“For many couples, the thought of living together in a 96-square-foot house sounds awful. But for Chris Derrick and Betty Ybarra, it’s a Christmas miracle.

That’s because Derrick and Ybarra have spent the better part of a year braving Madison, Wisconsin’s often-harsh climate without a roof over their head.

They’ll spend this Christmas in their own home, thanks to more than 50 volunteers with Occupy Madison, a local Wisconsin version of the original Occupy Wall Street group in New York. The group, including Derrick and Ybarra, spent the past year on an innovative and audacious plan to fight inequality in the state’s capital: build tiny homes for the homeless.”

Scott Walker makes Wisconsin No. 1 — in jobless claims The Cap Times – Editorial

How’s this for a 2016 presidential campaign theme?

“‘Under Scott Walker, Wisconsin led the nation in first-time unemployment claims.’

That’s not the narrative Walker wants as he plots his run for the Republican presidential nomination. But it’s the one that has developed.

According to the U.S. Department of Labor, 4,420 Wisconsinites filed initial unemployment claims in the final week of November. The next two highest states combined — Ohio with 2,597 and Kentucky with 1,538 — couldn’t match Wisconsin’s total. And what’s particularly notable is that these numbers come at a point when states such as California, Texas, Florida and Michigan are seeing significant declines in jobless claims.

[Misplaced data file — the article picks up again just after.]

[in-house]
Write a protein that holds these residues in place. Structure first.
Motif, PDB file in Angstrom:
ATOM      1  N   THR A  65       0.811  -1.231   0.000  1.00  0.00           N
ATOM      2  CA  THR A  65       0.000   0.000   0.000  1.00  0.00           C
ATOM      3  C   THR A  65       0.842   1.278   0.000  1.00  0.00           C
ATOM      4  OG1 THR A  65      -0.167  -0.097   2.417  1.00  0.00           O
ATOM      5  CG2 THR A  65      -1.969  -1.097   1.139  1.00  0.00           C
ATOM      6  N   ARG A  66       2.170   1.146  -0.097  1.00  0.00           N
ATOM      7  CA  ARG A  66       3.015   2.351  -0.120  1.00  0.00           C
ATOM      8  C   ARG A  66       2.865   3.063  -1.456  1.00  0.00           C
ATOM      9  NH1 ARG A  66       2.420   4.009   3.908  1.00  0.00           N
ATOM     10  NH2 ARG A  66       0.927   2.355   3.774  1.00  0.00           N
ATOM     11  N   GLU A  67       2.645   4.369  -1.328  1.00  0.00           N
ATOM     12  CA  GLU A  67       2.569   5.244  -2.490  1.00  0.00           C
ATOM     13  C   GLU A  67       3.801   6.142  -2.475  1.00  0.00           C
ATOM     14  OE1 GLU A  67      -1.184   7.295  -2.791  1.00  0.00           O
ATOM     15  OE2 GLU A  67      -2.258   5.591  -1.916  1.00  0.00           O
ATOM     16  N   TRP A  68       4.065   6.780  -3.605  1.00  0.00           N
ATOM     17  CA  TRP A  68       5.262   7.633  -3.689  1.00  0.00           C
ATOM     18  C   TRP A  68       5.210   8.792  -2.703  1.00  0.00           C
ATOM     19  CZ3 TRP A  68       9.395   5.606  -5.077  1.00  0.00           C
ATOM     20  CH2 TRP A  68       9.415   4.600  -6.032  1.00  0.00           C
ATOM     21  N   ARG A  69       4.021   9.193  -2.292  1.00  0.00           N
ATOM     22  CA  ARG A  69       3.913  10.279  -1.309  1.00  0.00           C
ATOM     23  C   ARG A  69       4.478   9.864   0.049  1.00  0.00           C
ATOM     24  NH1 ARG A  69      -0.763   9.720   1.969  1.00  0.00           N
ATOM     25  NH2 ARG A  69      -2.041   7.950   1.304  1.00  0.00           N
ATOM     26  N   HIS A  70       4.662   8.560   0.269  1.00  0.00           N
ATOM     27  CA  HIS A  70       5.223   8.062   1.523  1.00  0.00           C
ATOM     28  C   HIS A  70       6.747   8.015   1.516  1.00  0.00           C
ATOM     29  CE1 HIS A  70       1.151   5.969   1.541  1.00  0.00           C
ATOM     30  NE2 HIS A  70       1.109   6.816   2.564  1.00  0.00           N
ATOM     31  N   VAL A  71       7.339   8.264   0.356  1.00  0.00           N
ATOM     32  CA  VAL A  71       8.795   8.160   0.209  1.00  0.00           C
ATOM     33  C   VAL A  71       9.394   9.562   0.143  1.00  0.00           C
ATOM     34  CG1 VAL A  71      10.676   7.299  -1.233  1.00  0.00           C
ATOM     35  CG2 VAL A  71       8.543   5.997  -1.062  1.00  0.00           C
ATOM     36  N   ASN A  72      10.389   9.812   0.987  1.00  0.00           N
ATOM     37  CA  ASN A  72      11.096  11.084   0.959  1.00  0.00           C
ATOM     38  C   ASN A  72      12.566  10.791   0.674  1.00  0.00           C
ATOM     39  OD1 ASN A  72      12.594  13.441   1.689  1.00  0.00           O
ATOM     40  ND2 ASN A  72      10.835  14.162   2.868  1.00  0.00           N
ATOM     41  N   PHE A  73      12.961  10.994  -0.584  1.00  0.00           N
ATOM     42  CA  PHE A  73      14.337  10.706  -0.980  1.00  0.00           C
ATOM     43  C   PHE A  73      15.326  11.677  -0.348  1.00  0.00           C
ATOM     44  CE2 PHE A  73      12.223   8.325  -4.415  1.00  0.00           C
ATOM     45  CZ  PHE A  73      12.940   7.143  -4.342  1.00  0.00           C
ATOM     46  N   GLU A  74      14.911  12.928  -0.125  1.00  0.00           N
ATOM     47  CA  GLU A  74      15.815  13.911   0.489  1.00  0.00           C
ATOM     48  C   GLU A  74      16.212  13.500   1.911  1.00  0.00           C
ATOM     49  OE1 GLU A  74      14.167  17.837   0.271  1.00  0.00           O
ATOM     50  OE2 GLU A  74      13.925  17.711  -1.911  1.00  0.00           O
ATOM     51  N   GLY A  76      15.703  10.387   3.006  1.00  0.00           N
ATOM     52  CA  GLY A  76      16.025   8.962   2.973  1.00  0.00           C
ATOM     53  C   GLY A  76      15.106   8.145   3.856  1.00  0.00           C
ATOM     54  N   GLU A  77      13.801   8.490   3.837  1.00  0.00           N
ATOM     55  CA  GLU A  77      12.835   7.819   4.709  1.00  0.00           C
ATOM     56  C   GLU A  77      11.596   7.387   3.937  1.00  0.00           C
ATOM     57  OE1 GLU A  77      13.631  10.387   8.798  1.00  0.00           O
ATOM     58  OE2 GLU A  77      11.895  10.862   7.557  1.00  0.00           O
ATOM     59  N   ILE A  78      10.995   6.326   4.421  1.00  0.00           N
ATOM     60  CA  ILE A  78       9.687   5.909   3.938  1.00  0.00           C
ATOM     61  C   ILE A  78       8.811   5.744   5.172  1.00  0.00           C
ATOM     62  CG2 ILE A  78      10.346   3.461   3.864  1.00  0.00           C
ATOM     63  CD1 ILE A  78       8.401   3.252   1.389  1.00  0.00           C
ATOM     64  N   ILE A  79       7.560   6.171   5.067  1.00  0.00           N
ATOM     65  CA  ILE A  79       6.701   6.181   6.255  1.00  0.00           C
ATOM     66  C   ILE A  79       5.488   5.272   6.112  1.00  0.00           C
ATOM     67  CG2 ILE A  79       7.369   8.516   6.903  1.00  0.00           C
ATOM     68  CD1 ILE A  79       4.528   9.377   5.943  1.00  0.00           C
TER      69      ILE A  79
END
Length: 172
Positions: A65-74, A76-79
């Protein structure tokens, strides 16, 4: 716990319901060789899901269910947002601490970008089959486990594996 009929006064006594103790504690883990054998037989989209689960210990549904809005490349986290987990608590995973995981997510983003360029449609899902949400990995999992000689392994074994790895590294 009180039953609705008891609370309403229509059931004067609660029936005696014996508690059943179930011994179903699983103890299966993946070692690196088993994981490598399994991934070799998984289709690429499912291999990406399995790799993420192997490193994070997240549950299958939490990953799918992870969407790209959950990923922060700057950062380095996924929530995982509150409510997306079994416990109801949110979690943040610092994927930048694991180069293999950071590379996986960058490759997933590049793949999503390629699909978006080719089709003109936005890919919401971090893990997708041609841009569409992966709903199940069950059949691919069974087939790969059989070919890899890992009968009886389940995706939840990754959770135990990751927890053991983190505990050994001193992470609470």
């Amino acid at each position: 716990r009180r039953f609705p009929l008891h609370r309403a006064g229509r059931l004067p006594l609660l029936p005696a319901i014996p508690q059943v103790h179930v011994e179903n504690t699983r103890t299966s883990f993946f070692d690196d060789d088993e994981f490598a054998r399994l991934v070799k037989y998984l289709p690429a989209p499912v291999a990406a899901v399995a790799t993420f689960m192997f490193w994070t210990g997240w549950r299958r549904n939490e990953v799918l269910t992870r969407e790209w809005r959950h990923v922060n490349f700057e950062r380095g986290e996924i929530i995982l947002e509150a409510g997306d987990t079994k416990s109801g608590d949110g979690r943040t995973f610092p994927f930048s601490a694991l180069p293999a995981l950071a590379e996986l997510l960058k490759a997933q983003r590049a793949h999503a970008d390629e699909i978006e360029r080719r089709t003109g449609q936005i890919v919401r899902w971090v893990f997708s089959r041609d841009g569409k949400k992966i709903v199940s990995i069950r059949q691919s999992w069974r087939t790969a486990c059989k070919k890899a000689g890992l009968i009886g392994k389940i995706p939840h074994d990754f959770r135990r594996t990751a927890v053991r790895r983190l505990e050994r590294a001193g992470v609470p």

Walker ran for governor on a promise to create 250,000 new jobs.”

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What to Do When a High-Profile U.Chicago Economist Says the Airline, Telephone and Package-Shipping Industries Prohibit Use by Preexisting Flyers, Callers and Shippers: If you’re a liberal, take this ball and run with it!

There’s no question that the Affordable Care Act’s rollout has been “rocky,” to borrow the common parlance of the Beltway. The Web site troubles and shifting health coverage for some Americans, despite over-assurances from President Obama during the 2010 political debate, have naturally turned off some people. A much-ballyhooed poll from CNN yesterday shows that support for “Obamacare” has dropped to an all-time low.

But conservatives toasting the apparent turn in public opinion ought to look a little closer at the polling data. It’s true that only 35 percent of Americans favor the law, while 43 percent oppose it. But there’s a crucial third group: 15 percent oppose the ACA because it’s “not liberal enough.” That means that 50 percent of Americans either support the law or want policy changes that shift leftward.

Should Democrats press the public option?, George Zornick, The Plum Line, Washington Post, Dec. 24

Wow.  A man after my own heart.  It’s a recognition that, with the single exception of the disastrous rollout of Healthcare.com, which is purely a technology issue, the high-profile issues concerning Obamacare since Oct. 1 highlight not generic problems with government involvement in healthcare insurance but instead the problems of a system that piggybacks on the for-profit private insurance industry and neo-federalism-structured federal programs that rely heavily or entirely upon cooperation of state governments.